+

Instead of sleeping at my apartment, we spend nights in the bed he shared for four years with the woman before me, and somehow he sleeps easy. Last night I lay awake and stare at the same walls that she maybe lay awake and stared at, in the beginning or toward the end of the fourth year or both. The place is haunted, I think, or I am. He doesn’t believe in ghosts.

Last night, when I roll toward him and then away, toss and turn and subtract from the already-meager four hours of sleep he will get before work, he lets me, he smiles, he runs his fingers through my hair like he’s searching for lice or in love. You okay? he whispers, as his hand moves over my head and down the back of my neck. Recognize: it is tense. Recognize: I am trying to find the balance.

3:11pm  |   URL: http://tmblr.co/ZR4rEy1MV3bOz
  
Filed under: words josiane curtis 
July 25, 2014
LUCY TIVEN // SMALL HANDS /QUARTER 01

LUCY TIVEN // SMALL HANDS /QUARTER 01

(Source: naphypelabs, via sbridgins)

9:58am  |   URL: http://tmblr.co/ZR4rEy1MTfLHe
  
Filed under: Lucy Tiven Poetry oof 
July 25, 2014
susie knuckles in love

lunchboxpoems:

i think i met all the
wrong men before
you and i think they
ruined me but i
think you’re really
handsome the way
a map is handsome,
with skin wide open
soaked in the whole
world’s ink. i
think i’m done pulling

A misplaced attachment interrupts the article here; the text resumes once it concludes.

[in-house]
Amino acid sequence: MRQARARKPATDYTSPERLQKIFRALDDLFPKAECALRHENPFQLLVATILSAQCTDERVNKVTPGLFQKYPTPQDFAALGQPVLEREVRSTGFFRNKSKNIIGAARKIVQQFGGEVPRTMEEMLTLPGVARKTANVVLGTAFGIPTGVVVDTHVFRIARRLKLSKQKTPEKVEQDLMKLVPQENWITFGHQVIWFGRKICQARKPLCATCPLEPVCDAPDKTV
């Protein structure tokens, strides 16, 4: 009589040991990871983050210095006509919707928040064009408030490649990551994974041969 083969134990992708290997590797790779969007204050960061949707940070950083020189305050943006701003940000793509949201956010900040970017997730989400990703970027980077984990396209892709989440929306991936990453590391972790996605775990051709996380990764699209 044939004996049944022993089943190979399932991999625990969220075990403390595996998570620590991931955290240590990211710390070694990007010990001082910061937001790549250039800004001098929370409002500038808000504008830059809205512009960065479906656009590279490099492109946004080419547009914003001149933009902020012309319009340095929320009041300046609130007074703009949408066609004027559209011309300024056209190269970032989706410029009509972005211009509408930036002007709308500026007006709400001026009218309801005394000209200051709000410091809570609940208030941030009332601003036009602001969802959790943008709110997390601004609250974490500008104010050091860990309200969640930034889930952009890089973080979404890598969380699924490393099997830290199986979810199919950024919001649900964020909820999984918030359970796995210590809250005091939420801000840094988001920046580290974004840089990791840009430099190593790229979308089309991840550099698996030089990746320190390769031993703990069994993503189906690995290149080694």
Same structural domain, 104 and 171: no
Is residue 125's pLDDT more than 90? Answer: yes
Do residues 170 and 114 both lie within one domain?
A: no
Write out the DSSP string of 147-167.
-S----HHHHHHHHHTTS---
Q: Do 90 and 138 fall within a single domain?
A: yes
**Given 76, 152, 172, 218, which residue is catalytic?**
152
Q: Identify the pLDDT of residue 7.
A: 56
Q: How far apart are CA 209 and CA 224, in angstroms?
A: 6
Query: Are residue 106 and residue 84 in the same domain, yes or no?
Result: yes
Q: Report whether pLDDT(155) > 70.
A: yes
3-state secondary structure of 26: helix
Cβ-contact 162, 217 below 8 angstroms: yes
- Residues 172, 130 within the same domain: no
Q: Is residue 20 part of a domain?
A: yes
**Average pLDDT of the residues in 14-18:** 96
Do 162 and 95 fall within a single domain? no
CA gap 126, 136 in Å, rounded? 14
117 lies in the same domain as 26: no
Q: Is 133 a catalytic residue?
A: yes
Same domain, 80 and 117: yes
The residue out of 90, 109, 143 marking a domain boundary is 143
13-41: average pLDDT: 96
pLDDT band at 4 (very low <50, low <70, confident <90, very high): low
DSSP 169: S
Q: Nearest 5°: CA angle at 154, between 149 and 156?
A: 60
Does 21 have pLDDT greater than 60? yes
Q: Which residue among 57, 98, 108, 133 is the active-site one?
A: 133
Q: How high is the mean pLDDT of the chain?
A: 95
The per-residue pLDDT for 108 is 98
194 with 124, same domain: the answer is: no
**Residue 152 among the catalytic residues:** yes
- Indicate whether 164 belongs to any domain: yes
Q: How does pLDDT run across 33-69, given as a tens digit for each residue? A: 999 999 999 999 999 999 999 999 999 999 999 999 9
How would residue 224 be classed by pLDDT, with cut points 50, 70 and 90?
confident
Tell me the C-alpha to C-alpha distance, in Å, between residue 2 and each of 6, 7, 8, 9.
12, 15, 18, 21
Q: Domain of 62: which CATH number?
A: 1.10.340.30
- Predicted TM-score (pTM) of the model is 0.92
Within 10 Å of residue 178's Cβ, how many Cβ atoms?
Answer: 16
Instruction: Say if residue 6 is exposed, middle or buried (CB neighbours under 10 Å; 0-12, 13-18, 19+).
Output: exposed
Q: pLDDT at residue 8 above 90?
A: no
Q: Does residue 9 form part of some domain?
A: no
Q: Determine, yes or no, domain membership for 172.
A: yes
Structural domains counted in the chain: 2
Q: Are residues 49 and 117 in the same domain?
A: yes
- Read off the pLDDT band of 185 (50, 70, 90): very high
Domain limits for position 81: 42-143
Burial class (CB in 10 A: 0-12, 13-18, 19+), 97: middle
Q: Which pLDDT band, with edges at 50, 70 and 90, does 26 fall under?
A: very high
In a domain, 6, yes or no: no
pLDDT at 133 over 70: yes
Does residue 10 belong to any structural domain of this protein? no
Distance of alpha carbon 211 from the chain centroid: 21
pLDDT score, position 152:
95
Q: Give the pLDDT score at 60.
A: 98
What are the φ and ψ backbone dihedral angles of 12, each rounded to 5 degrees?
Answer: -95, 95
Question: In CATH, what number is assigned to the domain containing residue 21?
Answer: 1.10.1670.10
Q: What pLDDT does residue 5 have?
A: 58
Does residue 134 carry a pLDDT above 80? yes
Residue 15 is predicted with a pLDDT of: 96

paint off the walls i
think i want to read
you the names of
every city that ever
burned down, i think
we’d like it there.

SAFIA ELHILLO

July 24, 2014
i have no business giving writing advice, but today someone i love asked me for it, so

I thought I’d share (an excerpt from) what I sent back to her.

My first piece of advice is that you should seek advice elsewhere, like, for a start, Brain Pickings’ comprehensive list of Famous Advice on Writing.

But, since you asked me, I would say that you should be honest first, and then be brave. It definitely depends on what kind of writing you do, but I write pretty personal memoir-style pieces, and my ultimate goal is always to convey what I think and feel without pretense or being overly sentimental. In order to do this, I have to write my initial draft down without thinking about the reader at all, without thinking about how anything I say will be interpreted or received. Last year, I took a workshop with Cheryl Strayed and she discussed the process of writing Wild. The book, if you haven’t read it (and I think maybe you’ve mentioned before that you had? but even if not, I don’t think I’m spoiling anything here, hopefully), is partly about her mother’s death and how she deals with it.